Second, the pharmacy was taking back unused pills from customers for disposal, according to the board’s complaint. But in order to do so, pharmacies are required to be licensed as reverse distributors or possess a locked kiosk, neither of which is the case at West Marin Pharmacy.
The inspector also found pills from separate manufacturers in the same bottle, while the law requires separate bottles; noted one bottle for blood pressure medication missing five pills; and found a pain medication missing a required identification number. Lastly, the pharmacy wasn’t up-to-date with two record-keeping practices: a self-assessment and a log of medications made in-house.
In her November letter, Ms. Sodergren recommended disciplinary action. She asked the office of administrative hearings to consider closing the business, and proposed either suspending the company’s permit for operations and Ms. Biran’s pharmacy license for five years, or else revoking them both. Ms. Sodergren recommended that Mr. Yoon also be prohibited from operating the business.
Speaking with the Light last week, Ms. Biran said she was surprised to receive the letter, believing the second inspection had gone smoothly and that the issues had been resolved when she corrected course and paid fines in 2018. She received the letter several days before Thanksgiving and scrambled to find a lawyer.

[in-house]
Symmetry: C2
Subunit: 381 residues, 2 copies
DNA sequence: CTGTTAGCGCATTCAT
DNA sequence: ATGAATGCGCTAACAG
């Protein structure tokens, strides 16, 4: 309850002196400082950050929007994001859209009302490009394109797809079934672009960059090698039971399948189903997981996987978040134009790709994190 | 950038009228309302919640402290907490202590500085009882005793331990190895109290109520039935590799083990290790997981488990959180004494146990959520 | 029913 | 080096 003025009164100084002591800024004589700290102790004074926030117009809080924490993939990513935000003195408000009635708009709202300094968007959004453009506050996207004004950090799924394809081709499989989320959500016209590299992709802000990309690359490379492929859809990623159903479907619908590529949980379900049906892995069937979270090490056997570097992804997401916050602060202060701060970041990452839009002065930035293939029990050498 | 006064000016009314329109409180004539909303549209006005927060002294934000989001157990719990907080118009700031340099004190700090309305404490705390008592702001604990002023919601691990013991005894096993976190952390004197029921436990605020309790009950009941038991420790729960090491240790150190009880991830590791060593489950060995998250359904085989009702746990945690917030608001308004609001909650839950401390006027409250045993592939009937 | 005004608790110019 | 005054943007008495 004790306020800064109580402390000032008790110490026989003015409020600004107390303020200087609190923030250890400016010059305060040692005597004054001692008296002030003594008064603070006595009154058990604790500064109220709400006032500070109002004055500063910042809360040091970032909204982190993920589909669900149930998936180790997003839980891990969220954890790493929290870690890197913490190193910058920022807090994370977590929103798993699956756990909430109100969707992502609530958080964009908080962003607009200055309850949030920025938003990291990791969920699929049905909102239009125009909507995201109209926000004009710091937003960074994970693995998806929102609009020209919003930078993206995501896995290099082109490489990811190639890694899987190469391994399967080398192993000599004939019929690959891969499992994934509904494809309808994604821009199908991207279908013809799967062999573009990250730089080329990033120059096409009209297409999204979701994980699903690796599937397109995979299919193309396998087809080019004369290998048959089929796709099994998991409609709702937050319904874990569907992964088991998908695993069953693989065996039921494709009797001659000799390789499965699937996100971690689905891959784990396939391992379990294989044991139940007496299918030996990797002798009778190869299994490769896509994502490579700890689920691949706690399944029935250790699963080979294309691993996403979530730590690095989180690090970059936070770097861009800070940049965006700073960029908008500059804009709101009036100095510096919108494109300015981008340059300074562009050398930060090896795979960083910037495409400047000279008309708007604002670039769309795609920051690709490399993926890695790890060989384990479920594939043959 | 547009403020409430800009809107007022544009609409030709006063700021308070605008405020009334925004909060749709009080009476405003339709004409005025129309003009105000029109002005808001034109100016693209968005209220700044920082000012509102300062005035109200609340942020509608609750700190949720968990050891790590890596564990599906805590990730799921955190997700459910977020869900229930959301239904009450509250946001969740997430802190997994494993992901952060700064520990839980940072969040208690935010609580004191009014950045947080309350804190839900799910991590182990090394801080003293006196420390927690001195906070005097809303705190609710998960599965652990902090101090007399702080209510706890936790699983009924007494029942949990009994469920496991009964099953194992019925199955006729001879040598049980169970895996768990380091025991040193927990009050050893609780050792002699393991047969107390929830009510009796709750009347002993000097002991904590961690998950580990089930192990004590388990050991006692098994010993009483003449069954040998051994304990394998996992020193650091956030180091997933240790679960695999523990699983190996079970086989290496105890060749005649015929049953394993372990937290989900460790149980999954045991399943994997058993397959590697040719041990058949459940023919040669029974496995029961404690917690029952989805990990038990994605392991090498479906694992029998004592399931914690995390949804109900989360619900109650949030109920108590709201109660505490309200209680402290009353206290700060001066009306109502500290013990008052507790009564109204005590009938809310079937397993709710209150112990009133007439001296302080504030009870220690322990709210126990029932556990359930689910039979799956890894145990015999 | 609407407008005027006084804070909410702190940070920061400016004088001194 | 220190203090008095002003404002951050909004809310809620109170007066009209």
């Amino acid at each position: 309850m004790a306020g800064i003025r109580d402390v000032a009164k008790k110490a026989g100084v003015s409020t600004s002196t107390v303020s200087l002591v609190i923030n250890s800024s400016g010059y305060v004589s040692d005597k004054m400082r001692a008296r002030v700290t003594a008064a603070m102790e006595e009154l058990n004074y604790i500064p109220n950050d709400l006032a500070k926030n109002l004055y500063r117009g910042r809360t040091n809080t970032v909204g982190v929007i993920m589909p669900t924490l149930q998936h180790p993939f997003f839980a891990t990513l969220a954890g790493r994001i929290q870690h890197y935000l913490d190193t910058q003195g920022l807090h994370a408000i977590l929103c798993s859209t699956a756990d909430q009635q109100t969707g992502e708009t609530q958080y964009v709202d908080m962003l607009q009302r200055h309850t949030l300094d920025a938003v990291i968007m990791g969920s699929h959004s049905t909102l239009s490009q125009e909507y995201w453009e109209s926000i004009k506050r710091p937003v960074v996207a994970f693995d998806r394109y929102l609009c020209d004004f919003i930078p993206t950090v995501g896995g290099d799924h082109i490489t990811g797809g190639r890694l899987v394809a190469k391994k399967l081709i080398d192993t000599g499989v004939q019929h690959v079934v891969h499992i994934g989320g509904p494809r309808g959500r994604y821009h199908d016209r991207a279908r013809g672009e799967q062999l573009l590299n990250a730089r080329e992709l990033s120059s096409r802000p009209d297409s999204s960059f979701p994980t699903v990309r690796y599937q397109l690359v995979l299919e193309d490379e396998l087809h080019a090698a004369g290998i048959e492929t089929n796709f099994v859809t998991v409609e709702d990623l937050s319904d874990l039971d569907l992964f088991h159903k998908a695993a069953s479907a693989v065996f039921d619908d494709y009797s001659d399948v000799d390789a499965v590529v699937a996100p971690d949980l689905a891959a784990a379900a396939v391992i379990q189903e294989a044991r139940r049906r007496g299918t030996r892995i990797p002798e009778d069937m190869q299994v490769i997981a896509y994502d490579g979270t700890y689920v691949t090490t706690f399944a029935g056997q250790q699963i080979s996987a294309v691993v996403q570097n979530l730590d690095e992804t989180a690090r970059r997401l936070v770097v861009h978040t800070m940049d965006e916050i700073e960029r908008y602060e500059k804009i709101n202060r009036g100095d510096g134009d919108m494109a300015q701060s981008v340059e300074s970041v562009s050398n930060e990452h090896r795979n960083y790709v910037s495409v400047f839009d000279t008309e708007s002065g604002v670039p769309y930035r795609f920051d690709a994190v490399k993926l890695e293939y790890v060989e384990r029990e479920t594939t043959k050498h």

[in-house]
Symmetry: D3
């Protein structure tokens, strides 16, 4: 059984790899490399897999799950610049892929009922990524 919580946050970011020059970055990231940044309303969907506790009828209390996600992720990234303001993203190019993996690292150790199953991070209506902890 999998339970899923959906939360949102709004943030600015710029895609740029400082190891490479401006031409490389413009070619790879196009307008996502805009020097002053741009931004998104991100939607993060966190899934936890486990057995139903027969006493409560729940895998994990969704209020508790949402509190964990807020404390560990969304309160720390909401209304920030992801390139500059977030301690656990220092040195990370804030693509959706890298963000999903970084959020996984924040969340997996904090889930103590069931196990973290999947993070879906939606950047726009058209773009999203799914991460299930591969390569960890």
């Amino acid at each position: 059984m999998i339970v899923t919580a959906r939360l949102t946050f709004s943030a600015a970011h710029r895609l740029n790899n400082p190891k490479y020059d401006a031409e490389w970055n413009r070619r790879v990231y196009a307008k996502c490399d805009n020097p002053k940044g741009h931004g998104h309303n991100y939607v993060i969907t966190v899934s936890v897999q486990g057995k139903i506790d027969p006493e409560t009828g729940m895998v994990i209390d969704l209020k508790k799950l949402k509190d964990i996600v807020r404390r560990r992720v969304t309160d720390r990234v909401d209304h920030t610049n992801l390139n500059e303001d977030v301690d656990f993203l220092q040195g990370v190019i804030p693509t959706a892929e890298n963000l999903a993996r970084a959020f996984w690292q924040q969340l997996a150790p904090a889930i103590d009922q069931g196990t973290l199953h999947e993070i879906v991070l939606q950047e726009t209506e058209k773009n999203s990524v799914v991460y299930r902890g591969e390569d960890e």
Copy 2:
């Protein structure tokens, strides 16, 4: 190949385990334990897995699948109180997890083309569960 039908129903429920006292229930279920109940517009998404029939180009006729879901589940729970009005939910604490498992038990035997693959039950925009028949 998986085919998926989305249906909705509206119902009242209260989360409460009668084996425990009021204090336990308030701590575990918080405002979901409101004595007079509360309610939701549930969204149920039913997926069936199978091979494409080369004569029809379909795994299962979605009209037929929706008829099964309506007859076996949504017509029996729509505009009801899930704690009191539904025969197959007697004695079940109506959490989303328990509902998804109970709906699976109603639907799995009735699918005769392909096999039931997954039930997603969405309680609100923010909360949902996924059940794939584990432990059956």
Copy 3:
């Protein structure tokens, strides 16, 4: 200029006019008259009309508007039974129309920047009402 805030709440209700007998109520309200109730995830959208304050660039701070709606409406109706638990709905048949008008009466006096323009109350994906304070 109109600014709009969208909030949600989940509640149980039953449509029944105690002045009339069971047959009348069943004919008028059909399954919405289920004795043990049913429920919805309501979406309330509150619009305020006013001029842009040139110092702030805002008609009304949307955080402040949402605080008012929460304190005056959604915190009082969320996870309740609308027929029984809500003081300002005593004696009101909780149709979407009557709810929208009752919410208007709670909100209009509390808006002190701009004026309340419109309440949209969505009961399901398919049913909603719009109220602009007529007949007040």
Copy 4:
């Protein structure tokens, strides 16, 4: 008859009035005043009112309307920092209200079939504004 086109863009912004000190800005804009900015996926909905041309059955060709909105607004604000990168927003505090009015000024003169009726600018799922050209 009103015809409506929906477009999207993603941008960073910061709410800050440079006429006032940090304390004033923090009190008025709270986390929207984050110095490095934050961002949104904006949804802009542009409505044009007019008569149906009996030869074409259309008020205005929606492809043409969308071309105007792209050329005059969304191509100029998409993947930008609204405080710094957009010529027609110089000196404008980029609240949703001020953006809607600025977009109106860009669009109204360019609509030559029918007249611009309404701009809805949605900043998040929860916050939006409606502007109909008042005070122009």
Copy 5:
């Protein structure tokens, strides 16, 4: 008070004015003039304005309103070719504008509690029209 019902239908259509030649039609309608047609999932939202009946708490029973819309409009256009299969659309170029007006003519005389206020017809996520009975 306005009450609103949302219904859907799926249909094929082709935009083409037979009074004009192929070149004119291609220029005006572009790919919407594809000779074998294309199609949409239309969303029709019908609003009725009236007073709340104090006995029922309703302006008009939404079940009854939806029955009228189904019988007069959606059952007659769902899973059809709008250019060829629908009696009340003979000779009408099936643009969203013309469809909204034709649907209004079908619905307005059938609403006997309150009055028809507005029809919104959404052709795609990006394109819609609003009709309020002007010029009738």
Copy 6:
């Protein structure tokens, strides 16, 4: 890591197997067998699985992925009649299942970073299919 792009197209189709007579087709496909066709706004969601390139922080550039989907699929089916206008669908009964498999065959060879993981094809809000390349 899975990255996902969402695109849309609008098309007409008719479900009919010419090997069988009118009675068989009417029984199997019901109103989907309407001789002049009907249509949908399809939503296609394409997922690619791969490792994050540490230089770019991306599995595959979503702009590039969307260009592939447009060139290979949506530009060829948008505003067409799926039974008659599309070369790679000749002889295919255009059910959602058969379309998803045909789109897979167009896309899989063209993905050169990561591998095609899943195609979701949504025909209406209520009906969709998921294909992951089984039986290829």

Following Ms. Mazina’s advice, Ms. Biran declined to respond to the board’s specific accusations, but she did say she had never had such troubles during her more than 40 years of practicing pharmacy. She bought the practice—where a similar business has operated out of the same space since it was built in 1954—13 years ago.
Ms. Biran, who grew up in Hungary before her family moved to Connecticut when she was 14, completed a five-year pharmacy program at the University of Connecticut straight out of high school. She never owned her own business but managed others on the East Coast and, after moving to California in 1980, in the South Bay.
She retired in 2005, but fate would have it that she was not finished with pharmacy. After learning the Point Reyes Station business was for sale, and falling in love with West Marin, Ms. Biran and Mr. Yoon bought the pharmacy in 2007.
The business has proved difficult to keep afloat, however. In letters to the Light over the years, Ms. Biran has described the obstacles she faces as a small business.